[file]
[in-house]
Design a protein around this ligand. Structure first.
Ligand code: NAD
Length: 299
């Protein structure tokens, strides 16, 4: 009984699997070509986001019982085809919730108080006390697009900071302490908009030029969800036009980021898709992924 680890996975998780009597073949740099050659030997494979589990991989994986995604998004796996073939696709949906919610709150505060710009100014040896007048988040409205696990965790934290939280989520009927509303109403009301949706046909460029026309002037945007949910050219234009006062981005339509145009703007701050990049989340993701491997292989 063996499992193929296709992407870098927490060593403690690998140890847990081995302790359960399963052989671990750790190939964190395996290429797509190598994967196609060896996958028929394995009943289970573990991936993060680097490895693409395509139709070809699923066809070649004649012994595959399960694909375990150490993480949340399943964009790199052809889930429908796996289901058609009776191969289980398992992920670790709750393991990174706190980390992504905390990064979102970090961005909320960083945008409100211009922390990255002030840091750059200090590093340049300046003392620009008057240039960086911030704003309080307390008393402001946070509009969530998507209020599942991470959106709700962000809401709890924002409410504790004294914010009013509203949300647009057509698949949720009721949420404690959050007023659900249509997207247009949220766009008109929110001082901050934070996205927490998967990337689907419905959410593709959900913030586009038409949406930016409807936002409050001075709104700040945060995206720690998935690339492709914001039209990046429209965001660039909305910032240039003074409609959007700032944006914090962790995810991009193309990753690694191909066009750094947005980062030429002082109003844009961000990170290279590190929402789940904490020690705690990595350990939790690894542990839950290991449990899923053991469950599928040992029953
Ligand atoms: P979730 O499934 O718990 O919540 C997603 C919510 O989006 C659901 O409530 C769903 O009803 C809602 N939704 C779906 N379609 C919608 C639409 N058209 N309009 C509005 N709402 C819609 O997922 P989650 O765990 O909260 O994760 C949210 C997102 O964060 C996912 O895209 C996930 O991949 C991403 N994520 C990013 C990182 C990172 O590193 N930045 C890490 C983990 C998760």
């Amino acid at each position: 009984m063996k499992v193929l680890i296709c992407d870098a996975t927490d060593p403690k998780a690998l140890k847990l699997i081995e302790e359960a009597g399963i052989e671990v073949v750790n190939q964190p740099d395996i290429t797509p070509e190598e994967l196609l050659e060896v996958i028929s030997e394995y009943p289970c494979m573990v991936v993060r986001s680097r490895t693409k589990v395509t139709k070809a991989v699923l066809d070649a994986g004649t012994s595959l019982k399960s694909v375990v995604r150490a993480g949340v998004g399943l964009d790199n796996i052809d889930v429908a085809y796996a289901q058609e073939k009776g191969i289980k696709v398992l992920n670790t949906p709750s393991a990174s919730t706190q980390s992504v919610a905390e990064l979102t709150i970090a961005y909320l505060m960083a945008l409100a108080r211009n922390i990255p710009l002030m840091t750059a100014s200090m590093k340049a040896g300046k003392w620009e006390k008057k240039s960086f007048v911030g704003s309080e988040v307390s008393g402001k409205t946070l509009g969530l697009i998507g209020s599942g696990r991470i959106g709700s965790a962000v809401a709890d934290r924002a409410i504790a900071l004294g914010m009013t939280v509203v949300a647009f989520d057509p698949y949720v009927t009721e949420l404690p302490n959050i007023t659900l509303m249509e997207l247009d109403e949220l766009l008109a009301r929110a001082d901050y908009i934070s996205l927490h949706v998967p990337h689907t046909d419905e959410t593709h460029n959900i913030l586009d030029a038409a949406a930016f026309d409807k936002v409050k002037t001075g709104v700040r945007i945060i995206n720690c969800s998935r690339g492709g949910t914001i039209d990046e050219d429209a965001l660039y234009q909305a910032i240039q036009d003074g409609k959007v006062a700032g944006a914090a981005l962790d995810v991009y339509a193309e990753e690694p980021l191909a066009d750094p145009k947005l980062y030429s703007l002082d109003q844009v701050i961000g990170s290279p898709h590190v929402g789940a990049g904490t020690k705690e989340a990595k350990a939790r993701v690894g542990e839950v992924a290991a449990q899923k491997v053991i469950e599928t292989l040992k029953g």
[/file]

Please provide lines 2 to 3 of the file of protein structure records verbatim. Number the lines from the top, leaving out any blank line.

Design a protein around this ligand. Structure first.
Ligand code: NAD